From there, I just started adventuring into different music. I really fell in love with My Beautiful Dark Twisted Fantasy by Kanye. It just sonically sounded good. I really didn’t understand what he was saying, but I knew I loved the feeling of it. Then eventually I got into J. Cole in high school. He taught me basically [that] you could tell a full story in a song. From the beat to the lyrics is just all the way through [like a] movie. So he was my No. 1 artist. He still is. And then I just started venturing off. I started listening to Paramore. I started listening to Panic! At The Disco. You guys, blink-182. Once you dive into punk rock, it’s just so much. You could just listen to it all fucking night. 

I think J. Cole’s got a very artistic way of delivering. I think when you get big as an artist, it gets harder sometimes. It’s almost like you go back full circle where it’s harder to be vulnerable sometimes, and the artists that do it successfully, that’s part of the reason why I think they succeed. I think they still dig deep and let it all out. You could say that about a lot of the artists you named actually.

I feel like one thing about me is I can’t make a song if I’m not in the mood to make a song. I have to hit that vulnerable state where I’m going through something that I need to just get off my chest because music is therapy to me. I’d rather put my feelings or whatever is going on in my head into a song than just speak it to somebody. Listening back to that song after you’re done with it is just a feeling you don’t get from anything else.

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You’ve been digging a little deeper with each record, and I think there’s substance there. I love an inspirational record where someone’s talking about what they have, but sometimes I do want to connect with someone on an emotional level — what they’re going through. I think that most people are going to music for that as well. So we need the motivational records that make us aspire to have more, do more, be more. The hip-hop records I grew up listening to, they saved my life for that reason. They gave me this idea that I could have anything I put my mind to and that it was OK to want the finer things in life. So I love those records when I’m in a certain headspace.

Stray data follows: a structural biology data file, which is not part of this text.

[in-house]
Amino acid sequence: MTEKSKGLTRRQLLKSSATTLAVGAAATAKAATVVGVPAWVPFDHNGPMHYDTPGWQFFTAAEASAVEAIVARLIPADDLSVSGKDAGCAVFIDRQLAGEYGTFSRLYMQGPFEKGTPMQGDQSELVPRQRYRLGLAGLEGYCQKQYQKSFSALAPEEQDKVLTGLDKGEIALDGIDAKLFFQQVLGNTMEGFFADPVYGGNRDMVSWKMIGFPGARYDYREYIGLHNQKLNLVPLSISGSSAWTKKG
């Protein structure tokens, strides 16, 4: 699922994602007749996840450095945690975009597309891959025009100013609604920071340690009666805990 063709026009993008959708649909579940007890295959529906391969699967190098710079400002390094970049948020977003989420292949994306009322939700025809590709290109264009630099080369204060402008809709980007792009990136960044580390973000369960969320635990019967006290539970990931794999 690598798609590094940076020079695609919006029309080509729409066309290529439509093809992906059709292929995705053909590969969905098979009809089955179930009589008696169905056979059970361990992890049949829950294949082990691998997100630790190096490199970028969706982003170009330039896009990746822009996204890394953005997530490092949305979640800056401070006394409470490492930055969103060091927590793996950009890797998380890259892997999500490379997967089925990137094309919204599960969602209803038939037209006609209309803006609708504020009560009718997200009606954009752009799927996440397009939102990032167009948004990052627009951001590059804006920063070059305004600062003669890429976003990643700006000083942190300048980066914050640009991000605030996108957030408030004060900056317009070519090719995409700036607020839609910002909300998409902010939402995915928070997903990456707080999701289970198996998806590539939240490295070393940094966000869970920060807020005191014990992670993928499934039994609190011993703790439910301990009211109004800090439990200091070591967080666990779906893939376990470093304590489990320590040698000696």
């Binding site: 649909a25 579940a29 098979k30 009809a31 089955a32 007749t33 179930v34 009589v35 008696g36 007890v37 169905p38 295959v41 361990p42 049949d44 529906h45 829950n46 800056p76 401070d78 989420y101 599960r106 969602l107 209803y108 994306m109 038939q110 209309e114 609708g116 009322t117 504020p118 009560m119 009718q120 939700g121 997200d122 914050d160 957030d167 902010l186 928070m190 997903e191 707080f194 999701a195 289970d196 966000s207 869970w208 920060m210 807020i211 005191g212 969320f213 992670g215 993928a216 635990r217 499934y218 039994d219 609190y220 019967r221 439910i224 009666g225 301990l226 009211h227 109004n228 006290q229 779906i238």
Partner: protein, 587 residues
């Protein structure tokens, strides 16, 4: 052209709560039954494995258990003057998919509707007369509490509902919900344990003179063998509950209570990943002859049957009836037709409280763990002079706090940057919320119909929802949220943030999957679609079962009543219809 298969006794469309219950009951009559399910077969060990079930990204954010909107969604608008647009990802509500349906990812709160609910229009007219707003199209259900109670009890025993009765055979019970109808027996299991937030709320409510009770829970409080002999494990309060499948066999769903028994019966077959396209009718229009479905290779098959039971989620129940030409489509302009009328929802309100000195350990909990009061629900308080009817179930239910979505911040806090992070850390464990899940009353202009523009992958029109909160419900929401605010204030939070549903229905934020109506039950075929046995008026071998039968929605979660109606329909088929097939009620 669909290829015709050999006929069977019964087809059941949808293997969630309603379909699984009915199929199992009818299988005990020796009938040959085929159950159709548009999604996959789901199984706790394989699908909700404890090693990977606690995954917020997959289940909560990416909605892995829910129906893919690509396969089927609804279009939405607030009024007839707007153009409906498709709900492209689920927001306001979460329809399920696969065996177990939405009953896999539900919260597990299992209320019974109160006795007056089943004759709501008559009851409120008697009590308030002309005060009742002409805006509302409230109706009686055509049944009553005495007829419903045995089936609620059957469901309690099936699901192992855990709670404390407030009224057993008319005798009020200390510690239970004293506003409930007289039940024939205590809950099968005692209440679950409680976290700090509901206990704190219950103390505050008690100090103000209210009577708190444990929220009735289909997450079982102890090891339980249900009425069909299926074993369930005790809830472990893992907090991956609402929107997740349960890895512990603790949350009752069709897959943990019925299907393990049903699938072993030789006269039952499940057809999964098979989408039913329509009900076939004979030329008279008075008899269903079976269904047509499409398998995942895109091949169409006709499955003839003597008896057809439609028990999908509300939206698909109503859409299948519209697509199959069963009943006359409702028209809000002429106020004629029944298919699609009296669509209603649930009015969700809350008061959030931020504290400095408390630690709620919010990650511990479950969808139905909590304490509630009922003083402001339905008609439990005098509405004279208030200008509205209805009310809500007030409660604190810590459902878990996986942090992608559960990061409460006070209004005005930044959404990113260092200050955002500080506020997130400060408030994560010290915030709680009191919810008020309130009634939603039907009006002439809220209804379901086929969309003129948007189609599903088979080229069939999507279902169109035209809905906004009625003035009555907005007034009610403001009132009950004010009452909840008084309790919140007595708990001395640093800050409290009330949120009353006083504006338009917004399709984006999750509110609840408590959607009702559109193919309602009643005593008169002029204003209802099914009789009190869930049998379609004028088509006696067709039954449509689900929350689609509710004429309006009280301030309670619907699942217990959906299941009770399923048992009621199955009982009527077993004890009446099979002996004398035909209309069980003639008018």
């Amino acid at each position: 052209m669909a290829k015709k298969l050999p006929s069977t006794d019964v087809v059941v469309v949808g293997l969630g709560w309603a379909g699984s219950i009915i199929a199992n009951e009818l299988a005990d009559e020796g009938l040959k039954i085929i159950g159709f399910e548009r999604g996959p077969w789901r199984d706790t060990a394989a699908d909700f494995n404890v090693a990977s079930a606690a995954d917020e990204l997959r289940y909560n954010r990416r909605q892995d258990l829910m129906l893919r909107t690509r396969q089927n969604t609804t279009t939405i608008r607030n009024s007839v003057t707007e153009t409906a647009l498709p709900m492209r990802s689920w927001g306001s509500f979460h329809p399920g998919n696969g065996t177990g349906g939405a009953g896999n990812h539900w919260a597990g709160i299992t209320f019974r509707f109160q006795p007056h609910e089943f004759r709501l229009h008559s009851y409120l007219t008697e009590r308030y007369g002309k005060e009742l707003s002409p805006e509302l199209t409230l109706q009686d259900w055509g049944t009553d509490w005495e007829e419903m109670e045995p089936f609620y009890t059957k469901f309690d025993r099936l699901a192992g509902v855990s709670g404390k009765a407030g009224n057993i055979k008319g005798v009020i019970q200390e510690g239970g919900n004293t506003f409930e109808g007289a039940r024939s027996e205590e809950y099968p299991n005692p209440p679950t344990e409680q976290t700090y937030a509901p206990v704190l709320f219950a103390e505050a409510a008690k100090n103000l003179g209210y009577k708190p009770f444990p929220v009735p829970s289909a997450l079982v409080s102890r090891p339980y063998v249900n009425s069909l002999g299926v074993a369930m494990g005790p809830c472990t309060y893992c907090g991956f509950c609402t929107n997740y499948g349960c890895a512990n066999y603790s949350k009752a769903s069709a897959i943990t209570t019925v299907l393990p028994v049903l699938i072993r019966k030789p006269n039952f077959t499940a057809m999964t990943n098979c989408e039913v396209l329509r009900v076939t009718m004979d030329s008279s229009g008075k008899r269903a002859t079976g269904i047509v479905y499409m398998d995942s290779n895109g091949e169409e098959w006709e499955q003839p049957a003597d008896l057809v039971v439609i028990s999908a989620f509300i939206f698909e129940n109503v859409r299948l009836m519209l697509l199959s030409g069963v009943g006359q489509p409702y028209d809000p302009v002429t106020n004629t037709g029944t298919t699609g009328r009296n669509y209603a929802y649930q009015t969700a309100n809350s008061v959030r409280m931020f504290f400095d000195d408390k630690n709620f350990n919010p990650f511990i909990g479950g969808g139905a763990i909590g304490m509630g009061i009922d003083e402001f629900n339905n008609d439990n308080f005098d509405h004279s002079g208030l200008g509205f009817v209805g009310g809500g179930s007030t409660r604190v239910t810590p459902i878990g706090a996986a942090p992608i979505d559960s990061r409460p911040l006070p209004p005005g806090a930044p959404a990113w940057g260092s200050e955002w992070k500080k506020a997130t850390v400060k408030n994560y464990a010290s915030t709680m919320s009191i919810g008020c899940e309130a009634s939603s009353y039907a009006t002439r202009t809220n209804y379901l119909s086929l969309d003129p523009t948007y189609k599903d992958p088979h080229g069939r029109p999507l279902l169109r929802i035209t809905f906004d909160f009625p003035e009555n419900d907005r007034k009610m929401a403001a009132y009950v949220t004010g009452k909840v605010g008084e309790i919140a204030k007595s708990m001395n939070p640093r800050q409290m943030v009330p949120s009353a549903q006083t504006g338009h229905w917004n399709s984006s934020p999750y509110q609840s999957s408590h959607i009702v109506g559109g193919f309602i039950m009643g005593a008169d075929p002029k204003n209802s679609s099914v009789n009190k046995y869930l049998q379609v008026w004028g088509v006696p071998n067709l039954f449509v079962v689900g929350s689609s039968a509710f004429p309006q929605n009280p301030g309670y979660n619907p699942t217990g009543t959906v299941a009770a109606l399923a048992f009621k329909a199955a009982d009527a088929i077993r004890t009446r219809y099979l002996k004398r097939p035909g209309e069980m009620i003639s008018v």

But when you’re not, you would just want to listen to something you could relate to.

The emotional experience we’re all having in life, it doesn’t matter who you are. You’re having it. So you could deny that you’re having it, and you could be any which way, but we’re all having it because we’re all human beings. I hear that in your music, and I guess I wonder where that came from. 

You know, blowing up at 19, going from not being able to do shit to being able to do whatever the fuck I want? I was being reckless. I was doing everything. I would say honestly, 22 is whenever I was like, “All right, I need to slow down, and I need to gather myself and figure out how the fuck I’m gonna become the biggest artist in the world.” Because now I have this platform, and I gotta take it serious.

In the process of all that, I made all this music. You could just hear my mind is over here on this one, my mind’s over there on that one. There’s some songs where a listener would think that I’m talking about a girl, but I’m really talking to myself because, right now, there’s two of me. That’s why I’m really excited about this album because I feel like I’m growing into myself as a person and as an artist, and it’s just crazy to see. I feel really good about it.

It’s really interesting you said you feel like there’s two of you. There are two of you. Who you have to be to survive the game, you do have to put on a certain armor sometimes. You have to go out and be bigger and larger sometimes than you feel, but that is you. You blow up, and then you’re like, “What the fuck am I supposed to do?” You weren’t planning on blowing up. You wanted to not knowing it, but you weren’t thinking about how or what it means.